Researchers from Vancouver Spearhead Study on COVID-19 Vaccine’s Effectiveness for Treating People with HIV

Researchers from Vancouver are assisting in the development of a national study to see how effective COVID-19 vaccinations are in HIV patients.

HIV-positive patients are less likely to have a strong immune response to popular vaccines, according to researchers, and may require greater doses or more booster shots to be protected.

When do people with HIV have to get the booster shot — or are they never fully protected? Those are the questions that the new study, led by the CIHR Canadian HIV Trials Network (CTN) in Vancouver, will attempt to address.

In Vancouver, Toronto, Montreal, and Ottawa, researchers will enroll 400 HIV-positive patients and test their blood for COVID-19 antibodies before and after immunization.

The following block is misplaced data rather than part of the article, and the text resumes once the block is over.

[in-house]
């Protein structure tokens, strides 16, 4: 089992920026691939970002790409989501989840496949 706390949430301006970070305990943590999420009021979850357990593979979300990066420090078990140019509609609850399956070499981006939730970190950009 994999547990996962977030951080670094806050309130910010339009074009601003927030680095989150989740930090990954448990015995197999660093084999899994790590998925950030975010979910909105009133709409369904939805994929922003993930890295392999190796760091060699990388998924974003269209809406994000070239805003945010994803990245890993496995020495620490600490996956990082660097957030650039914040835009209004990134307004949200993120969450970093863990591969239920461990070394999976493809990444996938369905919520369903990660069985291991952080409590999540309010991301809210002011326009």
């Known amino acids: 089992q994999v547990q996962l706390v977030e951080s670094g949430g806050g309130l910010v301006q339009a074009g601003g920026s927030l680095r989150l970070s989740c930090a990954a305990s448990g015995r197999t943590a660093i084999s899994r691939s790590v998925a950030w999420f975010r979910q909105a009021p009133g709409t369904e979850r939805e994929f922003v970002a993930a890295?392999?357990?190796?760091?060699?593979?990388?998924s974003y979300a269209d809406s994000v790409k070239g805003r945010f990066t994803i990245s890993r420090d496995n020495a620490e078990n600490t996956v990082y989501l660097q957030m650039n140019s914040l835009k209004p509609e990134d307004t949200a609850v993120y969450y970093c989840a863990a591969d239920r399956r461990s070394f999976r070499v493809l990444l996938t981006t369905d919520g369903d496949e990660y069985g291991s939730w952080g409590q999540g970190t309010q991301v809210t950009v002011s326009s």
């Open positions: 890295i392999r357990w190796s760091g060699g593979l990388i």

Researchers will focus on the most vulnerable people living with HIV, according to study leader Aslam Anis, a professor at UBC’s School of Population and Public Health and Canadian director of the CTN.

A second part of the $2.6 million studies will evaluate vaccination effectiveness by looking at the health records of more than 30,000 HIV-positive persons in B.C. and Ontario.

Mandarino and the other 67,000 Canadians living with HIV, some of whom he claims are still suspicious about the vaccination, will be relieved to hear those answers.

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